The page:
29 January 2008

On the Oddities of Calendar

This past Sunday, our Synod commemorated St. John Chrysostom. We were not alone in that commemoration. Our sisters and brothers in the ELS commemorated him that day also, as did the Eastern Rite and Western Rite Orthodox and the Anglicans and I believe any observing the "exceptional" Latin rite in the Roman Church. However, our counterparts in the ELCA will observe his day September 13th, together with most Roman Catholics around the world. September 13th is the actual day of the great saint's death as he was traveling to Pityus on the distant shores of the Black Sea; but January 27th marks the day in 438 when his remains were returned to the city of Constantinople from which he had been exiled some 34 years before. His final words are rumored to have been: "Glory to God for all things."

The liturgy that bears his name contains some beautiful words:

"Thou it was who didst bring us from non-existence into being, and when we had fallen away didst raise us up again, and didst not cease to do all things until thou hadst brought us back to heaven and hadst endowed us with thy kingdom which is to come."

He was a great preacher of God's grace and of the free justification of the sinner by faith alone. But he wanted nothing to do with a so-called faith that didn't blossom forth into works of love and mercy - and he was especially concerned with care for the poor. In that faith that shows itself alive in love, he found great joy and comfort for the many hardships he had to endure.

God willing, I'll be speaking a bit about the great saint today on Issues, Etc.


Olympiada said...

What is the ELS?
What is Issues, Etc?
I commend this post, its wonderful! I hold that you are most definitely pious! Who wrote the Liturgy you use if you do not use the Liturgy of St. John Chyrsostom?

William Weedon said...

ELS - Evangelical Lutheran Synod.

ELCA - Evangelical Lutheran Church in America.

Issues, Etc. - radio show on KFUO (http://www.kfuoam.org/ie_main.htm)

Our liturgy was largely the work of St. Gregory the Great, Bishop of Rome - at least he's the one generally crediting with it taking its distinctive form.

Olympiada said...

What are the differences between the two Lutheran denominations you mentioned? Also does the Lutheran church practice open communion?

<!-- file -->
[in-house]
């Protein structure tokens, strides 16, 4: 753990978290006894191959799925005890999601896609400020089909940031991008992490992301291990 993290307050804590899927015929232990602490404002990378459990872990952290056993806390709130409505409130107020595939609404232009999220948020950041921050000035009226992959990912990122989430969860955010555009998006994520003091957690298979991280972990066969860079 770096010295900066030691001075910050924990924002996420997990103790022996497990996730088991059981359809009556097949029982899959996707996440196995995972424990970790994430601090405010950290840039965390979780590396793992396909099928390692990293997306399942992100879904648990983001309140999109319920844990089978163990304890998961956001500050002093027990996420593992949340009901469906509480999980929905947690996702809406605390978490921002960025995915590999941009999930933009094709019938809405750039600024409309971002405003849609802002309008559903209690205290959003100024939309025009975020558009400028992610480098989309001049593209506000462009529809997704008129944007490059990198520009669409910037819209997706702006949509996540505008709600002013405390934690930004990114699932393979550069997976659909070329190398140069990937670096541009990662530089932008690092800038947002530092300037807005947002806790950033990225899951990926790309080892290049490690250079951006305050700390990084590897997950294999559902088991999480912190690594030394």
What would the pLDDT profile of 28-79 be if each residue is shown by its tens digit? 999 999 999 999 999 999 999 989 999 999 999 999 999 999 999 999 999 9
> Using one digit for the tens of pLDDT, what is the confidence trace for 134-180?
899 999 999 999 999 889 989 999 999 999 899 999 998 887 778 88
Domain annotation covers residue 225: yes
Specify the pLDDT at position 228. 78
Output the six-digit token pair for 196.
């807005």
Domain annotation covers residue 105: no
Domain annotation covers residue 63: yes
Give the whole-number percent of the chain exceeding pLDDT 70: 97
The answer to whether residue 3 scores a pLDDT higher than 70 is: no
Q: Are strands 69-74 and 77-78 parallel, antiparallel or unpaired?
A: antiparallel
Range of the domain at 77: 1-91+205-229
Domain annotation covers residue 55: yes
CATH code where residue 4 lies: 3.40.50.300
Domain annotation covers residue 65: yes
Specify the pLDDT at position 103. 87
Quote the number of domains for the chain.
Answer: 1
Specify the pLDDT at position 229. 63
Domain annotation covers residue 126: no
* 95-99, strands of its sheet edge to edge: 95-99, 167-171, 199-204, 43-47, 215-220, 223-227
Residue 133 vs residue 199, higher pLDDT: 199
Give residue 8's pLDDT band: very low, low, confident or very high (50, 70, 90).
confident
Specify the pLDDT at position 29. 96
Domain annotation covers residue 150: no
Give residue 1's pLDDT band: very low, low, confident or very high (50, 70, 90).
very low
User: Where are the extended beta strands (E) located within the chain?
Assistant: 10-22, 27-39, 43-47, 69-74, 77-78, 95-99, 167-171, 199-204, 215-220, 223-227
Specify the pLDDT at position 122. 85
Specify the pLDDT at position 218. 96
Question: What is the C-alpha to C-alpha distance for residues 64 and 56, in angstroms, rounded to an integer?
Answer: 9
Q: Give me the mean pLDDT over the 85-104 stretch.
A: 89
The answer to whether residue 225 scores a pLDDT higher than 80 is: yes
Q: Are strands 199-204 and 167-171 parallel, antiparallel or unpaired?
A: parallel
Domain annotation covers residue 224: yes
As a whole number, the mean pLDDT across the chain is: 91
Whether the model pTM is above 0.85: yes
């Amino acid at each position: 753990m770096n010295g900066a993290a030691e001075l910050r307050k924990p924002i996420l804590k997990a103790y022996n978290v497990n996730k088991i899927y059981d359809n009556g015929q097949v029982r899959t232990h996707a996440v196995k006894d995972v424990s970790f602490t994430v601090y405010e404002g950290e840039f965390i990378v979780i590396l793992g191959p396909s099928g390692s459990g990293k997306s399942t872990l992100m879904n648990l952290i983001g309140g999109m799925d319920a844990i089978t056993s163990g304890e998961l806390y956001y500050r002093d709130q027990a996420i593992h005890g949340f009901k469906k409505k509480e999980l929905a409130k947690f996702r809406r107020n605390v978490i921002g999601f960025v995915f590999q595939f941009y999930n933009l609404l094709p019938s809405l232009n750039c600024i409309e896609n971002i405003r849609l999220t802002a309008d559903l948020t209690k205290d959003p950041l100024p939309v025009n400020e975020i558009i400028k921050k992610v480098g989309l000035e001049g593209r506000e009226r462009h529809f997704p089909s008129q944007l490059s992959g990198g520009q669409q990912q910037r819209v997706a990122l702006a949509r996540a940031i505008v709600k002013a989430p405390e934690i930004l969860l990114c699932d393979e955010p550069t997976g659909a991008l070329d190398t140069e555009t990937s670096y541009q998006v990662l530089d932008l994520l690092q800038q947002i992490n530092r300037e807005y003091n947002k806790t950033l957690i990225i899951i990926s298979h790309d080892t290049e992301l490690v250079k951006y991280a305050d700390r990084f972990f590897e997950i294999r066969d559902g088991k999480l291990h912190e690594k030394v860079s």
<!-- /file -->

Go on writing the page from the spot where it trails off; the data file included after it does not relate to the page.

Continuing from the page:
William Weedon said...

ELS and LCMS are more closely tied theologically than ELCA and LCMS. ELS and LCMS differ on the doctrine of the Office of the Ministry (too long to explain!), while ELCA and LCMS differ on numerous things:

open communion (ELCA yes; LCMS no)
ordination of women (ELCA yes; LCMS no)
Bible contains the Word of God (ELCA)
Bible IS the Word of God (LCMS)

Thus, to answer the question: "Does the Lutheran Church practice opinion communion?" "It depends on which Lutheran Church one is talking about!"

Past Elder said...

Just as a footnote, the ELS is in fellowship with another small, but larger and better known than the ELS, Lutheran body, the Wisconsin Evangelical Lutheran Synod (WELS), and while neither is now in fellowship with the LCMS, all of the above are closer to each other theologically than to the ELCA as a whole, as Pastor outlined.

As to open (opinion?) communion, that is a sticking point -- WELS holds that while LCMS officially retains the practice of closed communion, functionally they don't.

Also, not only are women not ordained, on the same basis they don't vote in congregational voters meetings either, which was until recent years was the LCMS practice too and is another sticking point. When I was an elder in WELS, we sought ought the unmarried and widowed women, those not part of a marriage whose head would speak. Which leads back to the differences about the Office of Holy Ministry, indeed too much for a combox, but LCMS has come to see the OHM as a different matter than voting in voters meetings regarding women, a woman in the OHM violating the Biblical order of creation and the institution of Christ and a woman voting in voters meetings not.